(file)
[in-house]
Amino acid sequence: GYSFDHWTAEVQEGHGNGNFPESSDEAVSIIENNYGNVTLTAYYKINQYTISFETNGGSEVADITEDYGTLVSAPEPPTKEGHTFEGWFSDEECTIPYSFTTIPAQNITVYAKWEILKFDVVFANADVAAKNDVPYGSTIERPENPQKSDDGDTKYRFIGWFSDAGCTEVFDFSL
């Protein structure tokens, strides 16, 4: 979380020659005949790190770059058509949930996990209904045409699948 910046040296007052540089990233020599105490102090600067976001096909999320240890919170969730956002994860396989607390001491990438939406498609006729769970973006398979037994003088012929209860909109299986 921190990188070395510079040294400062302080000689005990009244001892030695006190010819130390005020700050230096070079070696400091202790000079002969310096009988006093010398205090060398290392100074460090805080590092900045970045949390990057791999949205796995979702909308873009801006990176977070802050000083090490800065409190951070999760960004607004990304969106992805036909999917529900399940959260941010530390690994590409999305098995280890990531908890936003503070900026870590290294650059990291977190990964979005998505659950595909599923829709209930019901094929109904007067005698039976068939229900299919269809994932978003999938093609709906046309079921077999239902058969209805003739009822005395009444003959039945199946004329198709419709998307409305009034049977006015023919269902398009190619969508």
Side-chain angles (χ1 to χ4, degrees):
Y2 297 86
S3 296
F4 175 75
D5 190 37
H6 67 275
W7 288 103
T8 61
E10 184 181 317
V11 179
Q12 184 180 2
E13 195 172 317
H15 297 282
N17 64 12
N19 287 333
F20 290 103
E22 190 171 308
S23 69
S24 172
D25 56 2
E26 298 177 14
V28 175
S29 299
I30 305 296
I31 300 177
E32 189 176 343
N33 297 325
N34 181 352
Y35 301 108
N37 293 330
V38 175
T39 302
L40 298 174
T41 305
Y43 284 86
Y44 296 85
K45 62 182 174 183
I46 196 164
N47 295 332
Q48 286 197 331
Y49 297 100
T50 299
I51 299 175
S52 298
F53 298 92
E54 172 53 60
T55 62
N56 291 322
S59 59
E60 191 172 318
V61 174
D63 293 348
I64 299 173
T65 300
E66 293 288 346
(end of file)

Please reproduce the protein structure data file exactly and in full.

[in-house]
Amino acid sequence: GYSFDHWTAEVQEGHGNGNFPESSDEAVSIIENNYGNVTLTAYYKINQYTISFETNGGSEVADITEDYGTLVSAPEPPTKEGHTFEGWFSDEECTIPYSFTTIPAQNITVYAKWEILKFDVVFANADVAAKNDVPYGSTIERPENPQKSDDGDTKYRFIGWFSDAGCTEVFDFSL
């Protein structure tokens, strides 16, 4: 979380020659005949790190770059058509949930996990209904045409699948 910046040296007052540089990233020599105490102090600067976001096909999320240890919170969730956002994860396989607390001491990438939406498609006729769970973006398979037994003088012929209860909109299986 921190990188070395510079040294400062302080000689005990009244001892030695006190010819130390005020700050230096070079070696400091202790000079002969310096009988006093010398205090060398290392100074460090805080590092900045970045949390990057791999949205796995979702909308873009801006990176977070802050000083090490800065409190951070999760960004607004990304969106992805036909999917529900399940959260941010530390690994590409999305098995280890990531908890936003503070900026870590290294650059990291977190990964979005998505659950595909599923829709209930019901094929109904007067005698039976068939229900299919269809994932978003999938093609709906046309079921077999239902058969209805003739009822005395009444003959039945199946004329198709419709998307409305009034049977006015023919269902398009190619969508």
Side-chain angles (χ1 to χ4, degrees):
Y2 297 86
S3 296
F4 175 75
D5 190 37
H6 67 275
W7 288 103
T8 61
E10 184 181 317
V11 179
Q12 184 180 2
E13 195 172 317
H15 297 282
N17 64 12
N19 287 333
F20 290 103
E22 190 171 308
S23 69
S24 172
D25 56 2
E26 298 177 14
V28 175
S29 299
I30 305 296
I31 300 177
E32 189 176 343
N33 297 325
N34 181 352
Y35 301 108
N37 293 330
V38 175
T39 302
L40 298 174
T41 305
Y43 284 86
Y44 296 85
K45 62 182 174 183
I46 196 164
N47 295 332
Q48 286 197 331
Y49 297 100
T50 299
I51 299 175
S52 298
F53 298 92
E54 172 53 60
T55 62
N56 291 322
S59 59
E60 191 172 318
V61 174
D63 293 348
I64 299 173
T65 300
E66 293 288 346